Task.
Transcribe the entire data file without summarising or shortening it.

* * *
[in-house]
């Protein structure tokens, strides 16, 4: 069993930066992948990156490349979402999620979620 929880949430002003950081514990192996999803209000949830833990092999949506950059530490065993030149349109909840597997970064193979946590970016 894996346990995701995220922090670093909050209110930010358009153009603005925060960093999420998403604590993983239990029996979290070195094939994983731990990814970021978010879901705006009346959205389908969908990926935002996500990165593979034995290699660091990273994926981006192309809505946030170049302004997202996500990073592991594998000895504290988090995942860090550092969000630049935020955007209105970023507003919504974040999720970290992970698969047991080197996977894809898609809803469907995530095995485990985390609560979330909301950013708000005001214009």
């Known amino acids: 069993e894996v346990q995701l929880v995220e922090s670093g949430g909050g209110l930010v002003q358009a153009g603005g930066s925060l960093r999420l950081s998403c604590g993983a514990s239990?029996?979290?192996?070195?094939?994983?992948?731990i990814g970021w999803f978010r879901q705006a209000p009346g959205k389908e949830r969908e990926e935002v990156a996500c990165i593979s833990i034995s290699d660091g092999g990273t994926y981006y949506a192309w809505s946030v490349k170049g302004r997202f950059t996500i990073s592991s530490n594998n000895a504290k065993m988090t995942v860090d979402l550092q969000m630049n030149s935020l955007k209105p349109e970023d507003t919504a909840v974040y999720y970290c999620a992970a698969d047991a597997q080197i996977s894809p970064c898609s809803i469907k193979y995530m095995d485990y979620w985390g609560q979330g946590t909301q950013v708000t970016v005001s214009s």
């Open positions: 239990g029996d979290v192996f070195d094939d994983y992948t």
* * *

[in-house]
């Protein structure tokens, strides 16, 4: 069993930066992948990156490349979402999620979620 929880949430002003950081514990192996999803209000949830833990092999949506950059530490065993030149349109909840597997970064193979946590970016 894996346990995701995220922090670093909050209110930010358009153009603005925060960093999420998403604590993983239990029996979290070195094939994983731990990814970021978010879901705006009346959205389908969908990926935002996500990165593979034995290699660091990273994926981006192309809505946030170049302004997202996500990073592991594998000895504290988090995942860090550092969000630049935020955007209105970023507003919504974040999720970290992970698969047991080197996977894809898609809803469907995530095995485990985390609560979330909301950013708000005001214009």
């Known amino acids: 069993e894996v346990q995701l929880v995220e922090s670093g949430g909050g209110l930010v002003q358009a153009g603005g930066s925060l960093r999420l950081s998403c604590g993983a514990s239990?029996?979290?192996?070195?094939?994983?992948?731990i990814g970021w999803f978010r879901q705006a209000p009346g959205k389908e949830r969908e990926e935002v990156a996500c990165i593979s833990i034995s290699d660091g092999g990273t994926y981006y949506a192309w809505s946030v490349k170049g302004r997202f950059t996500i990073s592991s530490n594998n000895a504290k065993m988090t995942v860090d979402l550092q969000m630049n030149s935020l955007k209105p349109e970023d507003t919504a909840v974040y999720y970290c999620a992970a698969d047991a597997q080197i996977s894809p970064c898609s809803i469907k193979y995530m095995d485990y979620w985390g609560q979330g946590t909301q950013v708000t970016v005001s214009s």
């Open positions: 239990g029996d979290v192996f070195d094939d994983y992948t």